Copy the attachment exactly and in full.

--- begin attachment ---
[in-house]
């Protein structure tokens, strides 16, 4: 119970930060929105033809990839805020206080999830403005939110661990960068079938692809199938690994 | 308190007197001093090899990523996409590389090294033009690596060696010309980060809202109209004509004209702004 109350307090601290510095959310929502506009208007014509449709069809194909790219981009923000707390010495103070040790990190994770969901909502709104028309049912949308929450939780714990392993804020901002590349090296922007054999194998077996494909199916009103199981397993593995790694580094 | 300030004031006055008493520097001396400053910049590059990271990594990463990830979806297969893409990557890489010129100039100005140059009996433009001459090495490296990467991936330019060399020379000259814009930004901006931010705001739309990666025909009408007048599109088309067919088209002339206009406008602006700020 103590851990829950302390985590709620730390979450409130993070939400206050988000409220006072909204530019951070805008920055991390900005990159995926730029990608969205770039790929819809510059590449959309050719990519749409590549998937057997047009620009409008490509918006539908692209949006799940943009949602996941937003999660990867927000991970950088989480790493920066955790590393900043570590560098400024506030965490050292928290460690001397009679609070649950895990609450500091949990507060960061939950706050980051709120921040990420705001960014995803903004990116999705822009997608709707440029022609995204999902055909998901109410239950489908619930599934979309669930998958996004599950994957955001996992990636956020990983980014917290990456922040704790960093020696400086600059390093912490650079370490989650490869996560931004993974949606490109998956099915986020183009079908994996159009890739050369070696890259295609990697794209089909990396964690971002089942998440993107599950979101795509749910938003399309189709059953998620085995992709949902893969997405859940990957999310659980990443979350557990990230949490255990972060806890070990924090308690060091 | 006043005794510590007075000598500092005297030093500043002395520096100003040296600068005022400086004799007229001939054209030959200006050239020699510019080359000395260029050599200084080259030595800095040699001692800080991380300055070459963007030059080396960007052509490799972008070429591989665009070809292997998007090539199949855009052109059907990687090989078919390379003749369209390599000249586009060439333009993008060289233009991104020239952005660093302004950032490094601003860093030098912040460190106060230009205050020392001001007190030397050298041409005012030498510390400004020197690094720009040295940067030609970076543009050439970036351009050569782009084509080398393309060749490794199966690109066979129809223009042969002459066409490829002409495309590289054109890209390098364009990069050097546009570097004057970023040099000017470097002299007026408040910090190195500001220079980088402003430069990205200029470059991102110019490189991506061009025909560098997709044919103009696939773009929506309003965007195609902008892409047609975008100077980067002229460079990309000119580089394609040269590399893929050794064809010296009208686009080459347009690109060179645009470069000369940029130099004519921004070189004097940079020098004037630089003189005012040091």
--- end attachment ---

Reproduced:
[in-house]
């Protein structure tokens, strides 16, 4: 119970930060929105033809990839805020206080999830403005939110661990960068079938692809199938690994 | 308190007197001093090899990523996409590389090294033009690596060696010309980060809202109209004509004209702004 109350307090601290510095959310929502506009208007014509449709069809194909790219981009923000707390010495103070040790990190994770969901909502709104028309049912949308929450939780714990392993804020901002590349090296922007054999194998077996494909199916009103199981397993593995790694580094 | 300030004031006055008493520097001396400053910049590059990271990594990463990830979806297969893409990557890489010129100039100005140059009996433009001459090495490296990467991936330019060399020379000259814009930004901006931010705001739309990666025909009408007048599109088309067919088209002339206009406008602006700020 103590851990829950302390985590709620730390979450409130993070939400206050988000409220006072909204530019951070805008920055991390900005990159995926730029990608969205770039790929819809510059590449959309050719990519749409590549998937057997047009620009409008490509918006539908692209949006799940943009949602996941937003999660990867927000991970950088989480790493920066955790590393900043570590560098400024506030965490050292928290460690001397009679609070649950895990609450500091949990507060960061939950706050980051709120921040990420705001960014995803903004990116999705822009997608709707440029022609995204999902055909998901109410239950489908619930599934979309669930998958996004599950994957955001996992990636956020990983980014917290990456922040704790960093020696400086600059390093912490650079370490989650490869996560931004993974949606490109998956099915986020183009079908994996159009890739050369070696890259295609990697794209089909990396964690971002089942998440993107599950979101795509749910938003399309189709059953998620085995992709949902893969997405859940990957999310659980990443979350557990990230949490255990972060806890070990924090308690060091 | 006043005794510590007075000598500092005297030093500043002395520096100003040296600068005022400086004799007229001939054209030959200006050239020699510019080359000395260029050599200084080259030595800095040699001692800080991380300055070459963007030059080396960007052509490799972008070429591989665009070809292997998007090539199949855009052109059907990687090989078919390379003749369209390599000249586009060439333009993008060289233009991104020239952005660093302004950032490094601003860093030098912040460190106060230009205050020392001001007190030397050298041409005012030498510390400004020197690094720009040295940067030609970076543009050439970036351009050569782009084509080398393309060749490794199966690109066979129809223009042969002459066409490829002409495309590289054109890209390098364009990069050097546009570097004057970023040099000017470097002299007026408040910090190195500001220079980088402003430069990205200029470059991102110019490189991506061009025909560098997709044919103009696939773009929506309003965007195609902008892409047609975008100077980067002229460079990309000119580089394609040269590399893929050794064809010296009208686009080459347009690109060179645009470069000369940029130099004519921004070189004097940079020098004037630089003189005012040091």